In accordance with one implementation, due to the electrical nature of the bipolar cautery end effector 12, the drivetrain—including the first 100, second 200, and third 300 sections of the device—is electrically isolated from the motors 102, 202, 302 through the use of non-conductive gears driven by the motors 102, 202, 302. In one embodiment, the non-conductive gears are made of nylon. Alternatively, the gears can be made of any known non-conductive material that can be used in gears. The non-conductive gears inhibit electrical current from flowing through the drive train to the jaws 14, 16 and producing electrical interference that affects communication between the motors 102, 202, 302 and control device. In some embodiments, both conductive and non-conductive gears are used. For example, in one implementation, as best shown in FIGS. 4 and 5, gears 106, 208, 306 are made of non-conductive material, while gears 104, 206, 308 are made of a conductive material. In accordance with another implementation, the effect of electrical interference can be reduced through the use of interference-reducing software and/or components in the control device or encoder 102 a, 302 a instead of, or in addition to, the use of non-conductive gears.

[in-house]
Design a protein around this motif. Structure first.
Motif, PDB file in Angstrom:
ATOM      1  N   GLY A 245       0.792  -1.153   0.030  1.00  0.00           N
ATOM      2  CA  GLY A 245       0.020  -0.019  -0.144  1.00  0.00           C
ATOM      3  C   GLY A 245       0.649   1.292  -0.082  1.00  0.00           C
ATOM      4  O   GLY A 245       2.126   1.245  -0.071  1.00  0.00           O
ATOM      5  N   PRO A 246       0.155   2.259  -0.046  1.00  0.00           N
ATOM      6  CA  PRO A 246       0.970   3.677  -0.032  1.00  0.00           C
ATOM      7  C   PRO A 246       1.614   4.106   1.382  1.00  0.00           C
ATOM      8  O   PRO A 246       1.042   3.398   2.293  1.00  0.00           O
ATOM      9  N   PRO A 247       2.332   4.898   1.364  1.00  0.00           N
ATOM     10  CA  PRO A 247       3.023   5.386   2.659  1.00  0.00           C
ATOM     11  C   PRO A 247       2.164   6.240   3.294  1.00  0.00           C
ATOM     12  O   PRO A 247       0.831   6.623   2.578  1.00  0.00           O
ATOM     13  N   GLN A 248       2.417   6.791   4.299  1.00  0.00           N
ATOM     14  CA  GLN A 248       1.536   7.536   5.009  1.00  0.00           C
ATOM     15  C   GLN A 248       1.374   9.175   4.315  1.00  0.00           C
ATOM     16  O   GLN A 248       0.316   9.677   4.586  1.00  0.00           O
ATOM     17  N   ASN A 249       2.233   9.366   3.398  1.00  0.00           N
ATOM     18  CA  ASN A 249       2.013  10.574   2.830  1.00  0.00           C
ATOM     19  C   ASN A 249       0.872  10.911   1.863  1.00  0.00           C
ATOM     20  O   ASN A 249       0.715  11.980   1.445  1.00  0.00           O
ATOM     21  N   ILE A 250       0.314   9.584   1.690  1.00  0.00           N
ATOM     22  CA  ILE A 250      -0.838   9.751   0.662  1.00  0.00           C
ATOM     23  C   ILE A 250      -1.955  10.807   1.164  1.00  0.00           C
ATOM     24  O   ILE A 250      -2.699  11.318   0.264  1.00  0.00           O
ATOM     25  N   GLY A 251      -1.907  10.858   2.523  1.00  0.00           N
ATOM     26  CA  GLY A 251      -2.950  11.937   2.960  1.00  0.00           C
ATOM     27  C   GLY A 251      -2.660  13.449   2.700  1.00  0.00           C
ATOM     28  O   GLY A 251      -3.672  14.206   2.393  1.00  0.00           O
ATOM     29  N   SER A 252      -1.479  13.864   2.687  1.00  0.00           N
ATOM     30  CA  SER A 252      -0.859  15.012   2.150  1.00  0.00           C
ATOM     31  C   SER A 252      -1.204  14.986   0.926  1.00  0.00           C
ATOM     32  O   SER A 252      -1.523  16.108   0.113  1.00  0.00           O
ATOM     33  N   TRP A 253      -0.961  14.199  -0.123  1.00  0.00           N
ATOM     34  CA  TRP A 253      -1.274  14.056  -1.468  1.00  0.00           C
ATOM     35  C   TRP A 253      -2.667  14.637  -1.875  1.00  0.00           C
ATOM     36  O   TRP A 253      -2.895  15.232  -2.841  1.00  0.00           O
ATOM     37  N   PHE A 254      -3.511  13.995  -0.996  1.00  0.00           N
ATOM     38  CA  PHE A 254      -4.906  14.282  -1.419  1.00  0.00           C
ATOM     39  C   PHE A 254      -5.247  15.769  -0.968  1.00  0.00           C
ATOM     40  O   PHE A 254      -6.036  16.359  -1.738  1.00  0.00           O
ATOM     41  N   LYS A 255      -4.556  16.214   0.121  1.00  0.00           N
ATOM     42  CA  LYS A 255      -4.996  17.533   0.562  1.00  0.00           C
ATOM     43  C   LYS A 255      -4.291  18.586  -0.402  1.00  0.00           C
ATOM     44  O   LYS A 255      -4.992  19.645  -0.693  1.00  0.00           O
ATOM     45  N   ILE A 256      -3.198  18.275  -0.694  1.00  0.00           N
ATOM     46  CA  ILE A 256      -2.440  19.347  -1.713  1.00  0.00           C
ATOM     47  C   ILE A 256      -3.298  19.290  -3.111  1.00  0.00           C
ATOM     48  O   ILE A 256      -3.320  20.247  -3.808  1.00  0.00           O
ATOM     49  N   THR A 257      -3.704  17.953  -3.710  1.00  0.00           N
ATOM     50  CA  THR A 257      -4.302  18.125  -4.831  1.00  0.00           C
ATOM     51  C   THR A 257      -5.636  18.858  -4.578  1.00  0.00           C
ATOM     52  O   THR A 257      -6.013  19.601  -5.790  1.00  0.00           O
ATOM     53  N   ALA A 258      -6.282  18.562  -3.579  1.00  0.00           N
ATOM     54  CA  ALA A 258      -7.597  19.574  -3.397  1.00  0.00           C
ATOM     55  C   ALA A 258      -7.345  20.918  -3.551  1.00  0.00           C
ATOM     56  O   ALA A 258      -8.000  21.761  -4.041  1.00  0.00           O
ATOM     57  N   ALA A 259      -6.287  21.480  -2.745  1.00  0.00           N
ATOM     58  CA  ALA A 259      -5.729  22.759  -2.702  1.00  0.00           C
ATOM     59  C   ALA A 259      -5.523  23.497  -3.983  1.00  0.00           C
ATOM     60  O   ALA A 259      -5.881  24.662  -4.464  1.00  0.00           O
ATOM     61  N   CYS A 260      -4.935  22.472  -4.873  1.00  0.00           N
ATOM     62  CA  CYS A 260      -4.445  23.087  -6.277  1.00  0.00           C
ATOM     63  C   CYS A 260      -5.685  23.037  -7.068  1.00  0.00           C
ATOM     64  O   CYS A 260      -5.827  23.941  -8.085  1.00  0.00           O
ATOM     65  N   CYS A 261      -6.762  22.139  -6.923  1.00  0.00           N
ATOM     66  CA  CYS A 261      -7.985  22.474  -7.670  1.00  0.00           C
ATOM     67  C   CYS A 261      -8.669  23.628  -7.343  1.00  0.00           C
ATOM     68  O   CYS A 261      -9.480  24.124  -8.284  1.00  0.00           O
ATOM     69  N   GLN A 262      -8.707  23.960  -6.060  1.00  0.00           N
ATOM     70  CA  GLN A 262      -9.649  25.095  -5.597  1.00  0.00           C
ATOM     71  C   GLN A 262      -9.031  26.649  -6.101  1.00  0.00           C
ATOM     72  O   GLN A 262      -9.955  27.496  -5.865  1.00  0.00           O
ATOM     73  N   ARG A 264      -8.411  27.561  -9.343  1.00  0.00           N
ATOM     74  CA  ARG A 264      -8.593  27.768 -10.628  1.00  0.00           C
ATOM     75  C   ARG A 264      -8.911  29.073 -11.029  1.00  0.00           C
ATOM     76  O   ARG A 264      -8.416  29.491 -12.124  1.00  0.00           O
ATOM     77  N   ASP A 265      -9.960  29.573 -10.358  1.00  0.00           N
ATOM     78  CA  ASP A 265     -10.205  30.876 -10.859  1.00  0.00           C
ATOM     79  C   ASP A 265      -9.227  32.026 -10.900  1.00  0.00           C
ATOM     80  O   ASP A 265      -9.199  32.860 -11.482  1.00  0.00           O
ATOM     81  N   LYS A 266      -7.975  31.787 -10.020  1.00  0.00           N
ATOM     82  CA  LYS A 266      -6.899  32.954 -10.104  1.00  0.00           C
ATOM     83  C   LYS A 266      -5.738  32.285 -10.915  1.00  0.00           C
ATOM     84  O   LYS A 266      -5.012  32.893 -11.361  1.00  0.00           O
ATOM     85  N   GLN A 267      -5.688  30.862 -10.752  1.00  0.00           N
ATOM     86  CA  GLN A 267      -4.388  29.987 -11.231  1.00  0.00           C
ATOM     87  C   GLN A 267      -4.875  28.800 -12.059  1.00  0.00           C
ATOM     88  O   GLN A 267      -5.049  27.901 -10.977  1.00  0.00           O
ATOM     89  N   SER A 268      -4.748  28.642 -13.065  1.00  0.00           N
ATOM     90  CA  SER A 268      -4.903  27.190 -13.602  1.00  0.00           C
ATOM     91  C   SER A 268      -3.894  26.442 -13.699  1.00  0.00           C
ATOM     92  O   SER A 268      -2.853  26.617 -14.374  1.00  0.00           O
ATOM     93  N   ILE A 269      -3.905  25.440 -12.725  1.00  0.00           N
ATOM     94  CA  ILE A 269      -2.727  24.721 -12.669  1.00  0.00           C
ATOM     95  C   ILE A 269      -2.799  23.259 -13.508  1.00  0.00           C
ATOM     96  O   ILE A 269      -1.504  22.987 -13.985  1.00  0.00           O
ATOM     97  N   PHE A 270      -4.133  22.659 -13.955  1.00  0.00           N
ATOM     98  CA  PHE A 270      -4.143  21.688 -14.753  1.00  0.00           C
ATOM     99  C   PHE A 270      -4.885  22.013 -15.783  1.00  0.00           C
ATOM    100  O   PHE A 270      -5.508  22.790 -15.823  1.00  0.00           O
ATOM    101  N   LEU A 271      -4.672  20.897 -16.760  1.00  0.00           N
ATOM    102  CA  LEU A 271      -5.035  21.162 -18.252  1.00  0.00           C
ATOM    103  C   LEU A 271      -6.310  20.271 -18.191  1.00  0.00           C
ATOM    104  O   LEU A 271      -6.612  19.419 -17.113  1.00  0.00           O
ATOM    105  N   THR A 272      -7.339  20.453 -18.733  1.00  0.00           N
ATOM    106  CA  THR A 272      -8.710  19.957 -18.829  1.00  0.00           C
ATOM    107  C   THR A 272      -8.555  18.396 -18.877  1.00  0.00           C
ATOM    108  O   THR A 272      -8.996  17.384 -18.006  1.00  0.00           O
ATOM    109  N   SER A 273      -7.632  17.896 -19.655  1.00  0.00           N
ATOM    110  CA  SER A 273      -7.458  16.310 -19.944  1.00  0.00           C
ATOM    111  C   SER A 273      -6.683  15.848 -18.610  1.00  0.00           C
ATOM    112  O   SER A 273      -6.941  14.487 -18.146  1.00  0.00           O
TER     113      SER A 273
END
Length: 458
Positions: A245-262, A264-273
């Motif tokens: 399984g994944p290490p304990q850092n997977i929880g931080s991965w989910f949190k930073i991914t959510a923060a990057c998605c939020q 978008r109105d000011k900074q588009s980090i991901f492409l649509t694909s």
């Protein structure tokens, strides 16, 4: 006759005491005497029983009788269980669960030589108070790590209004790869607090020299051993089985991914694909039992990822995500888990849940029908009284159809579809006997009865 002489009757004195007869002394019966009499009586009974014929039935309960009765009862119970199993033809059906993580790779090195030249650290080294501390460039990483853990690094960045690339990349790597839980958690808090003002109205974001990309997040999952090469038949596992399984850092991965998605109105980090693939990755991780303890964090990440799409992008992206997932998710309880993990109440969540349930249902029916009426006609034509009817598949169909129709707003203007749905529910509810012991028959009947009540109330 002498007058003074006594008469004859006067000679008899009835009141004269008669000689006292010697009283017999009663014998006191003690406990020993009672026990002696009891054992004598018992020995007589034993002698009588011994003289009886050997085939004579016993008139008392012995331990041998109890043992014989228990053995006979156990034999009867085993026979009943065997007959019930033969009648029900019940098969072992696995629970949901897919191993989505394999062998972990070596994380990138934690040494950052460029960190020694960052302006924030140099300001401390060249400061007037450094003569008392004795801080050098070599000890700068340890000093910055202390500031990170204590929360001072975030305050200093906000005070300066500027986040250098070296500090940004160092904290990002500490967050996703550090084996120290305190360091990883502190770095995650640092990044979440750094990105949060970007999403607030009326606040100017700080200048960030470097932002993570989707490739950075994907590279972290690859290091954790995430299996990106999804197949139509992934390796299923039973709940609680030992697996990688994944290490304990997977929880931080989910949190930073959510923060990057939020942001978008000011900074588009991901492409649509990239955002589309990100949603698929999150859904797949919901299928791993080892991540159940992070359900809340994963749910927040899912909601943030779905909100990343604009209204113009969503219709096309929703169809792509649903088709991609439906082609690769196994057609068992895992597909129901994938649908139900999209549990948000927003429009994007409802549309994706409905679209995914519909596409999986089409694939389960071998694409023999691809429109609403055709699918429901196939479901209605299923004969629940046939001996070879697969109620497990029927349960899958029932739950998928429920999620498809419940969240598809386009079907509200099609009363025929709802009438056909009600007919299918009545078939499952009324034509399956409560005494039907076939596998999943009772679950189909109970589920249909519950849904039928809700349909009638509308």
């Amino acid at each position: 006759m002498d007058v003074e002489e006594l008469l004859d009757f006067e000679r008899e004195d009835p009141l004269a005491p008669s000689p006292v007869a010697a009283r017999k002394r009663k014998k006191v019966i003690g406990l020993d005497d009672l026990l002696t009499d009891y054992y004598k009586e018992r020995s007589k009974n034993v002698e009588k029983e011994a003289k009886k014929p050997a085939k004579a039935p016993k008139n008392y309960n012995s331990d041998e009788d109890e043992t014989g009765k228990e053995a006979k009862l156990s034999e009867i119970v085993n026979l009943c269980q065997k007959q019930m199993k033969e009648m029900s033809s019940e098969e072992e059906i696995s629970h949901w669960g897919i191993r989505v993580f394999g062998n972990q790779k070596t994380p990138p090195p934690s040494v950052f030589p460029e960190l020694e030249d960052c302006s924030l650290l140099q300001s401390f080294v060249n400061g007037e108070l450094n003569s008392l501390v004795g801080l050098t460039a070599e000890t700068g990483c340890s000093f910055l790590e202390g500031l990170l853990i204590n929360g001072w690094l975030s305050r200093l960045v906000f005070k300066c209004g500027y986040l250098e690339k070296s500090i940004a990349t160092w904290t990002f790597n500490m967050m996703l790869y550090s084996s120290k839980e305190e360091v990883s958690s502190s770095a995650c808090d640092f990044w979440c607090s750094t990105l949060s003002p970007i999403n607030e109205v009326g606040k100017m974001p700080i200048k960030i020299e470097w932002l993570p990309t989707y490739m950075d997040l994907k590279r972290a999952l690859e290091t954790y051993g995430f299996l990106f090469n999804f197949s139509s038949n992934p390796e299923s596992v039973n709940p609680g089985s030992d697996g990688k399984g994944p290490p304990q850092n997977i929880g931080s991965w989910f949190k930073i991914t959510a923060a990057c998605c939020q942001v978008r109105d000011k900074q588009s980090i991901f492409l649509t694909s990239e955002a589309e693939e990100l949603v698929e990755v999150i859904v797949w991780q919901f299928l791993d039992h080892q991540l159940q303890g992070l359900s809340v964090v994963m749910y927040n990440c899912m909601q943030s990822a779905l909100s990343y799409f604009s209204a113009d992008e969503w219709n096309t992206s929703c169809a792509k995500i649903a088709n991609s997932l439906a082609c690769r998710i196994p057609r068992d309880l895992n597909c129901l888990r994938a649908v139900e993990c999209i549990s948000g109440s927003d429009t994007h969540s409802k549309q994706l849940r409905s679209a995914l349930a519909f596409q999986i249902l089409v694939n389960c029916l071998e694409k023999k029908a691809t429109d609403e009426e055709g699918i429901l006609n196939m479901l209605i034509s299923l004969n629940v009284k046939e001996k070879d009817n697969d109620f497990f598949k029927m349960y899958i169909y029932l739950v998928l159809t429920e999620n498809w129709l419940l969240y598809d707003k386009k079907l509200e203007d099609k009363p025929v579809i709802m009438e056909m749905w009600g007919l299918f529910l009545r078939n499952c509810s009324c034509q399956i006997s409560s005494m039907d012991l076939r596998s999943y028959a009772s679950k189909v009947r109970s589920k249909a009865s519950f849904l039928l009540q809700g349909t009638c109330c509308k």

As best shown in FIGS. 3A and 5, the first section 100 of the cautery device 10 includes a first section motor 102 that is operatively coupled to the bipolar cautery end effector 12 to control rotation of the bipolar cautery end effector 12. In some embodiments, the first section motor 102 is directly coupled to the bipolar cautery end effector 12 or can be indirectly coupled to the bipolar cautery end effector 12 by one or more coupling means. For example, in the embodiment illustrated in FIGS. 3A and 3B, the first section motor 102 is coupled to the bipolar cautery end effector 12 by a first gear 104 and a second gear 106, the second gear 106 being attached to the shaft 32 of the bipolar cautery end effector 12 via metal coupler 108, as best shown in FIG. 5, such that rotational movement produced by the first section motor 102 is transferred to rotational movement of the bipolar cautery end effector 12 around axis A depicted in FIG. 3A. In some embodiments, metal coupler 108 is coupled to the bipolar cautery end effector 12 via an outer shell 15. As best shown in FIGS. 6 and 7, outer shell 15 projects distally from the metal coupler 108 and includes an opening 15 a through which pivot component 13 on mobile jaw 16 projects and translates rotational movement of coupler 108 to shaft 32.